Eur J Cardiothorac Surg. 2023 Sep 15:ezad319. doi: 10.1093/ejcts/ezad319. Online ahead of print.
OBJECTIVES: Sublobar resection, including wedge resection and segmentectomy, is non-inferior to lobectomy in early-stage non-small cell lung cancer (NSCLC) treatment. We aimed to compare the risk of postoperative cognitive dysfunction (POCD) between sublobar resection and lobectomy.
METHODS: We conducted a prospective cohort study. Patients with sublobar resection or lobectomy were divided into sublobar group or lobar group, respectively. Cognition was assessed before and after surgery with Montreal Cognitive Assessment (MoCA) and Minimum Mental State Examination (MMSE) tests. POCD is defined as Z score of MoCA change≤-1.96. Propensity score matching (PSM) was performed to make demographics well-balanced between the two groups.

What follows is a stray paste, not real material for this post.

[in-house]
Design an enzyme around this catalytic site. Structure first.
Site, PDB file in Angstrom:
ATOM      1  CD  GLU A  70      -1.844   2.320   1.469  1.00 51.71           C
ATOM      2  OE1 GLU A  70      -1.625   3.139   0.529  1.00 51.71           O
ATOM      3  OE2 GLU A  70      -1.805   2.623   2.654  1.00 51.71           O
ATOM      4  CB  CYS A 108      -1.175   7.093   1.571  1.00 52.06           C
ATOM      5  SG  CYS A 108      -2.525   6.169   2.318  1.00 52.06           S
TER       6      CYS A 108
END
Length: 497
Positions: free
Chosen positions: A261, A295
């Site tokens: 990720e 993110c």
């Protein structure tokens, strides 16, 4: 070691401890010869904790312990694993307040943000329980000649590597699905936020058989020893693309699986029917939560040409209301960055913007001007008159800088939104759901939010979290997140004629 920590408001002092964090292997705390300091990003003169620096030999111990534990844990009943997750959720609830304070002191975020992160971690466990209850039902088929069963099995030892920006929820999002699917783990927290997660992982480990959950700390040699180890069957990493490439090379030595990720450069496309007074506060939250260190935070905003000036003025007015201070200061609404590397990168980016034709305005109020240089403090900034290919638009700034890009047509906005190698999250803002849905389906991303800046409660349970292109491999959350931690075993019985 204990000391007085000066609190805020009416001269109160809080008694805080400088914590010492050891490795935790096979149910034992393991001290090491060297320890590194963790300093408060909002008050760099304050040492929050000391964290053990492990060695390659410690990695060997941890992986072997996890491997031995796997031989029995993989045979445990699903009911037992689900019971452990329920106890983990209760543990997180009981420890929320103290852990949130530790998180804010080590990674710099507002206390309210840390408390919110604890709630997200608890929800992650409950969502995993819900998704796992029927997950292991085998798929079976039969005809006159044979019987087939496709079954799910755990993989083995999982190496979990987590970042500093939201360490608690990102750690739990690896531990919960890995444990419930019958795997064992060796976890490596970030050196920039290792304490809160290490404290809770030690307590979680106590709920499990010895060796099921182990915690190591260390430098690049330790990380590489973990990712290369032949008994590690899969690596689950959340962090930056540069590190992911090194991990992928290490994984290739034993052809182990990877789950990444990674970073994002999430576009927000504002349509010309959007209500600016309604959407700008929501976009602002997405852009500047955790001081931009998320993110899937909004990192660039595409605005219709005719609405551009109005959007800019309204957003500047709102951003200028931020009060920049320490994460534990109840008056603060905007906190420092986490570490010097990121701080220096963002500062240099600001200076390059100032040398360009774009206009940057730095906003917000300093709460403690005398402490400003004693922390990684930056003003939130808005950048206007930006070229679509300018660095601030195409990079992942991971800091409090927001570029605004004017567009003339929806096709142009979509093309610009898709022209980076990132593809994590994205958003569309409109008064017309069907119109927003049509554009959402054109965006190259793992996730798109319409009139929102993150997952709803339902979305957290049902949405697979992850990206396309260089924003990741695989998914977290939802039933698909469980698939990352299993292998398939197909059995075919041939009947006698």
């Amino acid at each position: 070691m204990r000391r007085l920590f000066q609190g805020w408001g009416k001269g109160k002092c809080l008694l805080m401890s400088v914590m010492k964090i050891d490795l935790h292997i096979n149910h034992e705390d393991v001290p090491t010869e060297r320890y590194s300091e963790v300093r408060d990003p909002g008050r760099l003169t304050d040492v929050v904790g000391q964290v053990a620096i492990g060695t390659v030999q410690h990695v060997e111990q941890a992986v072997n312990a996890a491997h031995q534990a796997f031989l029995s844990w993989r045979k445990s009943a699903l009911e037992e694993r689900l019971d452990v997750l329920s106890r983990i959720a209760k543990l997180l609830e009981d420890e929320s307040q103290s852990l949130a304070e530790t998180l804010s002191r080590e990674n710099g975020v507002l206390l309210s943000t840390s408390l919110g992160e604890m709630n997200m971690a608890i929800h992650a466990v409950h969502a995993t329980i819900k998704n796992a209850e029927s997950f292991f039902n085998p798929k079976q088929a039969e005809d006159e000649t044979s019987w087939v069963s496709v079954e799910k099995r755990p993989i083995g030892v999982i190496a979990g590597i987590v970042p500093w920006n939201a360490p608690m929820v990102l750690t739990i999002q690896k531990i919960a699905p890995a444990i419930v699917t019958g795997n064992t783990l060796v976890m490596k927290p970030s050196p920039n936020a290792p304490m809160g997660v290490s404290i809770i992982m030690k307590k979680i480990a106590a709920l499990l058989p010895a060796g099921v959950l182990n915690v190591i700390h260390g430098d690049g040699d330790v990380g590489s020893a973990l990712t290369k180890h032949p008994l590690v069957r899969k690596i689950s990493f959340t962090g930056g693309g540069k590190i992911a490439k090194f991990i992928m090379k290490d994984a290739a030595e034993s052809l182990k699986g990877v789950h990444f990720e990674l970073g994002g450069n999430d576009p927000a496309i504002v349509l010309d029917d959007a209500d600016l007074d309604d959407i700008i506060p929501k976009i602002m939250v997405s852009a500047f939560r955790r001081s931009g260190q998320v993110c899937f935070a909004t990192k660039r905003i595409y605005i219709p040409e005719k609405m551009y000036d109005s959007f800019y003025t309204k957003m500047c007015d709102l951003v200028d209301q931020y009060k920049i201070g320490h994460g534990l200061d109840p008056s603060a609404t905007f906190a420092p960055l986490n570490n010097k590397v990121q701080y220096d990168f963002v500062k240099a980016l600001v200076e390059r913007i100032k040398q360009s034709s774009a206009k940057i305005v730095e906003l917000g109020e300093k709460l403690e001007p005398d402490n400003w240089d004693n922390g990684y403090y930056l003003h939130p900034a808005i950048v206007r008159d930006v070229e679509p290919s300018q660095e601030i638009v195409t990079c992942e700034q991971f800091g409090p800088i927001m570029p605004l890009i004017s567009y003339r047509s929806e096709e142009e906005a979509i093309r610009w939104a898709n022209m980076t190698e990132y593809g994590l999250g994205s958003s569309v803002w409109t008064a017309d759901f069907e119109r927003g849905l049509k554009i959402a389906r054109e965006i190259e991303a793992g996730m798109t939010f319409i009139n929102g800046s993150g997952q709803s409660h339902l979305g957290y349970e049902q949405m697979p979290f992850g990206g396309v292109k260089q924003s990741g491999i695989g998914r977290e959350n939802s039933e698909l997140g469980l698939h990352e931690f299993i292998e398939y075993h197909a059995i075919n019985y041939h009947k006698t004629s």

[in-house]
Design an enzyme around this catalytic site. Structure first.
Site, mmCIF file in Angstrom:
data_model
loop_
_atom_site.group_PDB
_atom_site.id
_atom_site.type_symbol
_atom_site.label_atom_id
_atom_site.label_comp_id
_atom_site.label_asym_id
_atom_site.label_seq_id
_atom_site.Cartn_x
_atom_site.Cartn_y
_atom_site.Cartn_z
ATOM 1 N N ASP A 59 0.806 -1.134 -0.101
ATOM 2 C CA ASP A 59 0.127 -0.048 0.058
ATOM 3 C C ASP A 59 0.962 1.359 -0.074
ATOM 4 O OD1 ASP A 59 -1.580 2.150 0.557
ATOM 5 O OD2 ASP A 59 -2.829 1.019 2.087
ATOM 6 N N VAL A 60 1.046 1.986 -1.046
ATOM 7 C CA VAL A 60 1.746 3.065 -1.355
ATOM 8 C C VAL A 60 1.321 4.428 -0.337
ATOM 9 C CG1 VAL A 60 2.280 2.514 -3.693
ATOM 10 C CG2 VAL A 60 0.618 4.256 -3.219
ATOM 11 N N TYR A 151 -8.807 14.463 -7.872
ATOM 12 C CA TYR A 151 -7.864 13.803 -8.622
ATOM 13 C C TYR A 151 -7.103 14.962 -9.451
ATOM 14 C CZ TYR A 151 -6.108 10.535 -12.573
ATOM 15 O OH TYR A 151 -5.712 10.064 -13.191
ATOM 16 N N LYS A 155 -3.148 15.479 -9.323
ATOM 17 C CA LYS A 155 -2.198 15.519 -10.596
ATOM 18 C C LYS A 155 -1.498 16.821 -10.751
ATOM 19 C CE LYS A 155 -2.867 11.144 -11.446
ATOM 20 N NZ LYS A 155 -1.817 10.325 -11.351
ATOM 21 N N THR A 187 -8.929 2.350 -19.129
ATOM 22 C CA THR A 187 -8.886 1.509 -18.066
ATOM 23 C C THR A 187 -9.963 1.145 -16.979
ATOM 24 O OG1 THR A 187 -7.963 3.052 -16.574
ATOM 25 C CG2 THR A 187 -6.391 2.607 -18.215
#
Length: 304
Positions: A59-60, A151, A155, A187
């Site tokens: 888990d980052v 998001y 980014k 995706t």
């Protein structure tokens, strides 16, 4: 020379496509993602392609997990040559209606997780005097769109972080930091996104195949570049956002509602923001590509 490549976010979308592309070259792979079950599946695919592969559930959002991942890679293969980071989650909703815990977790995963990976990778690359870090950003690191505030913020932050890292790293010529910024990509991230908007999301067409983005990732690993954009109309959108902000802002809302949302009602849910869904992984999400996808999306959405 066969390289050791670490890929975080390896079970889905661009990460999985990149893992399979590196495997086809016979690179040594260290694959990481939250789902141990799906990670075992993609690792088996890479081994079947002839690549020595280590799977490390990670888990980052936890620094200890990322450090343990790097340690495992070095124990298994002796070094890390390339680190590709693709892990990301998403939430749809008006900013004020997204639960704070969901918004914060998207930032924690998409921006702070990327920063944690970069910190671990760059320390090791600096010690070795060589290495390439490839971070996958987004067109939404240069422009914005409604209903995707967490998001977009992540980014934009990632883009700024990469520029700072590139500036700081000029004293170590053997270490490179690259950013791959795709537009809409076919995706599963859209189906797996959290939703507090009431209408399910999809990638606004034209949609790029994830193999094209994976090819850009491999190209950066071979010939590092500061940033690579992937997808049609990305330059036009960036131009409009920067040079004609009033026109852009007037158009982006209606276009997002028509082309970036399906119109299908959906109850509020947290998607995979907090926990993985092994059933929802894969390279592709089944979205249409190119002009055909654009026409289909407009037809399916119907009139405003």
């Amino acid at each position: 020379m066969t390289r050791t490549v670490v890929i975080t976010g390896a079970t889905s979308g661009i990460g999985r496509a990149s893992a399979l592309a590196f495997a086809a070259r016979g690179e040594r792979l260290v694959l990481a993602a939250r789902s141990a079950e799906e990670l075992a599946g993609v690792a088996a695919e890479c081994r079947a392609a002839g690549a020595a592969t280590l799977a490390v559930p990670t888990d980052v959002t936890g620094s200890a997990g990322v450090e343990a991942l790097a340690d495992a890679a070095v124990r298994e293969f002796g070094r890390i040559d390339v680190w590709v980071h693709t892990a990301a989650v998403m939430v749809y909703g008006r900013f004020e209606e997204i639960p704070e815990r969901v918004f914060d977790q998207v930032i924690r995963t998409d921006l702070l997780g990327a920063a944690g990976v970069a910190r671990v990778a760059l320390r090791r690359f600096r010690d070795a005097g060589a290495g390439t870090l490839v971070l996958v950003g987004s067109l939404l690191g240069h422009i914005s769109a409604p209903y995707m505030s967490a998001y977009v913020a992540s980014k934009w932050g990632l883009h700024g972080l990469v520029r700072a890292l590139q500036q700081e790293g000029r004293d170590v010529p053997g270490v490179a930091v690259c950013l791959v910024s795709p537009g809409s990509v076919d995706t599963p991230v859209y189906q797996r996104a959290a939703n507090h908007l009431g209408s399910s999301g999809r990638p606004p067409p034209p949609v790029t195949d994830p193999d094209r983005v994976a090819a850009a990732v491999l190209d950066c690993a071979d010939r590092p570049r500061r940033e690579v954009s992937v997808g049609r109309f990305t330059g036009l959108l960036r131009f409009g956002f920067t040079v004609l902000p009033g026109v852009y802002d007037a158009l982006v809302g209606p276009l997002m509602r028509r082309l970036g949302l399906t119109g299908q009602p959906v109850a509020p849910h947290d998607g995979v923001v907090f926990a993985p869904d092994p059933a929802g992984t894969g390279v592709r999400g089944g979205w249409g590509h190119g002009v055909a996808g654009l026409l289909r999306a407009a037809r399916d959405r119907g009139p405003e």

RESULTS: A total of 335 patients were enrolled. Both the postoperative 1-day POCD rate (sublobar 5.5% vs lobar 18.2%, P < 0.001) and the postoperative 1-month POCD rate (sublobar 7.9% vs lobar 21.8%, P < 0.001) were significantly lower in the sublobar group compared with lobar group, with demographics unbalanced between the two groups. In the 133 demographics-matched pairs obtained by propensity score matching (PSM), both the postoperative 1-day POCD rate (sublobar 5.3% vs lobar 17.3%, P = 0.005) and the postoperative 1-month POCD rate (sublobar 8.3% vs lobar 18.8%, P = 0.018) remained significantly lower in the sublobar group than lobar group. The incidences of postoperative 1-day (P = 0.109) and postoperative 1-month (P = 0.026) MMSE abnormity were also lower in the sublobar group than lobar group but only the latter was with statistical significance after PSM.
CONCLUSIONS: Sublobar resection has an advantage over lobectomy in preventing POCD. Our findings might be a reference for selecting the most suitable type of resection for NSCLC patients.